Rhonda Cornum joined the Army in 1978 and was in the Persian Gulf War. Her grandfather, who was a marine during WWII, influenced her. Though he never really talked about his experiences, she was impressed by the way he carried himself, and she hoped to be similar. It’s interesting to see how the “greatest generation” and the “good war” continued to impact later generations.
Iraqis captured Cornum when her attack helicopter (she was a medical officer) went down. She was injured (gun shot wound to the shoulder, two broken arms, a blown out knee, etc.) and was one of three out of the eight people on the Black Hawk to survive the crash. Cornum was a POW for seven days. Though a woman, the second one captured in the war, she was not treated any differently than the men. She’s still in the Army.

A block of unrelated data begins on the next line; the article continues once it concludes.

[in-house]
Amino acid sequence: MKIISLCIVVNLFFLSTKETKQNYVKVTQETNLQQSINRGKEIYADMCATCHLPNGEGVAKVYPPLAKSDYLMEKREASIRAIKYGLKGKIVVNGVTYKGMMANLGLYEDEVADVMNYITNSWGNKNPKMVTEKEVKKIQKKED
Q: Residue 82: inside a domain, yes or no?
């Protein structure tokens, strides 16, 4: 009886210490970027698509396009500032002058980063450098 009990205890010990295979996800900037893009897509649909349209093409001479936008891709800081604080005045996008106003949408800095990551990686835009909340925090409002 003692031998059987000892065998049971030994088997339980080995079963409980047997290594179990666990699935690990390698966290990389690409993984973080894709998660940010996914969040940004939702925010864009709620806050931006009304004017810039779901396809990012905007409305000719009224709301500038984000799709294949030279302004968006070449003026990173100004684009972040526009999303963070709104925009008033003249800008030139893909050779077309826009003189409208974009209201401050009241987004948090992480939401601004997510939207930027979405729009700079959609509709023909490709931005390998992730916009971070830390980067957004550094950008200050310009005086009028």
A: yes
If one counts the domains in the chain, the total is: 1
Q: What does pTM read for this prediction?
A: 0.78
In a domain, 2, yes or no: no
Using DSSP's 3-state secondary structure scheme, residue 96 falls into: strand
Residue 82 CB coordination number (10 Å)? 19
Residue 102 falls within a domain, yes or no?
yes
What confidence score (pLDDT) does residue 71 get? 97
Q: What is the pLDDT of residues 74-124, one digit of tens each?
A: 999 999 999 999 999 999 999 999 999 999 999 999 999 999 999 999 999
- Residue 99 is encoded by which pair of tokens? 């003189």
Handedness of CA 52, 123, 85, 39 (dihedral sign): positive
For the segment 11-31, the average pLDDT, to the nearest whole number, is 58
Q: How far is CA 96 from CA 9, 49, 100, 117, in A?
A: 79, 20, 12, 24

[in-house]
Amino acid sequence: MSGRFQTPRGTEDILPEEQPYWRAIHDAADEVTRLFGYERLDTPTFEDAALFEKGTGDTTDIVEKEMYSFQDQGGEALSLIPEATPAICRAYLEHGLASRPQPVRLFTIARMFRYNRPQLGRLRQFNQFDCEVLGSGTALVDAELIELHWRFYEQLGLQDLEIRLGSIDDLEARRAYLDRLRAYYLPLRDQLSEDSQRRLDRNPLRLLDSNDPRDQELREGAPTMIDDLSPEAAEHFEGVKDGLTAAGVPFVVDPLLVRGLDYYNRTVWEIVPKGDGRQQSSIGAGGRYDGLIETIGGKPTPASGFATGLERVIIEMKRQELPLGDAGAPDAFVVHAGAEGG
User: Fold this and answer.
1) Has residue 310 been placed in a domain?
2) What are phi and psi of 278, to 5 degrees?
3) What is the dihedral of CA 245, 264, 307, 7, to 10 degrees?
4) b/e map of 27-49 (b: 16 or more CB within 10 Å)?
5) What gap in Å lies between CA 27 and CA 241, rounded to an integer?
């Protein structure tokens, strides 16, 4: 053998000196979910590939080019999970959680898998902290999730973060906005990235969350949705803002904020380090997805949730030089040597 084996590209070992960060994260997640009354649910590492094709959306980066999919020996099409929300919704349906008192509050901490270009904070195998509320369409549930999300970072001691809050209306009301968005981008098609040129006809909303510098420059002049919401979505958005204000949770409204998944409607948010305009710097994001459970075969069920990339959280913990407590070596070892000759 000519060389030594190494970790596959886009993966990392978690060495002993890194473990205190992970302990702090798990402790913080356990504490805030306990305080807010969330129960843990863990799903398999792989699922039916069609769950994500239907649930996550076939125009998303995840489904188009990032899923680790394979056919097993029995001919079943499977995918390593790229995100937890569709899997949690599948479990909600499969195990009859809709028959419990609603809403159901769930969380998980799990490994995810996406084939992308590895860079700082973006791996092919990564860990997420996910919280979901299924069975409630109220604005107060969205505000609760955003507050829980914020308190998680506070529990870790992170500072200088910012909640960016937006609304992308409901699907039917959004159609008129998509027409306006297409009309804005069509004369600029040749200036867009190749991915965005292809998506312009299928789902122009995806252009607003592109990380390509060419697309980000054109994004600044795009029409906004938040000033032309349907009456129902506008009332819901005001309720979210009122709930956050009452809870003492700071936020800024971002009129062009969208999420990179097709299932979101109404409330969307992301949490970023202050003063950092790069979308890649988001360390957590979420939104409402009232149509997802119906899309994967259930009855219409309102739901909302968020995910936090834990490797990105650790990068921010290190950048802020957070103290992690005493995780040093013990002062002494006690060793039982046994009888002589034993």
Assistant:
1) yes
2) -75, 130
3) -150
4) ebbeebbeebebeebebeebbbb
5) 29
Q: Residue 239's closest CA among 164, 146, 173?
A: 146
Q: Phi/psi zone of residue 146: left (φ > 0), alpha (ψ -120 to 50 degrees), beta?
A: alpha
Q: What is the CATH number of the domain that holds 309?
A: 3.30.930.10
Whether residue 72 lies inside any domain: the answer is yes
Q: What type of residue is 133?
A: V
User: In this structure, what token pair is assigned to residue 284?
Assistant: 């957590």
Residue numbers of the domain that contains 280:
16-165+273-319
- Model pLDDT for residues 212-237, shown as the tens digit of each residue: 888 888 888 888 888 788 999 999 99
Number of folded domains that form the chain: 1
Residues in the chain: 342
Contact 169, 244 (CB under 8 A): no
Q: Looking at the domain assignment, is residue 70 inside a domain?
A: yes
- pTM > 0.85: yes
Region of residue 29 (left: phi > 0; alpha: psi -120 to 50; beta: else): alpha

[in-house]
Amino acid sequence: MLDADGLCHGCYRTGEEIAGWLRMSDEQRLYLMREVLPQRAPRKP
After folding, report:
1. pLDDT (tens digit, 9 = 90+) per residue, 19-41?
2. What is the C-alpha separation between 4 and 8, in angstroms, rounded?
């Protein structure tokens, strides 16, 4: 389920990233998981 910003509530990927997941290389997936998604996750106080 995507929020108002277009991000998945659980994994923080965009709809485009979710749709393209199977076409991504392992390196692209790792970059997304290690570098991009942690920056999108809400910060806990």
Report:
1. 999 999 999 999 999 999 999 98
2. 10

The Persian Gulf War is certainly not my field of expertise (not that I really have any at this point), and, sadly, it’s one of the last wars that comes to my mind when considering American wars. This interview was interesting to look at because of that, and it helped me to think more about the Gulf War. Despite her experiences with the military, or perhaps because of them, Cornum is an extremely optimistic person, and she really enjoys what she does. That’s the best anyone can hope for.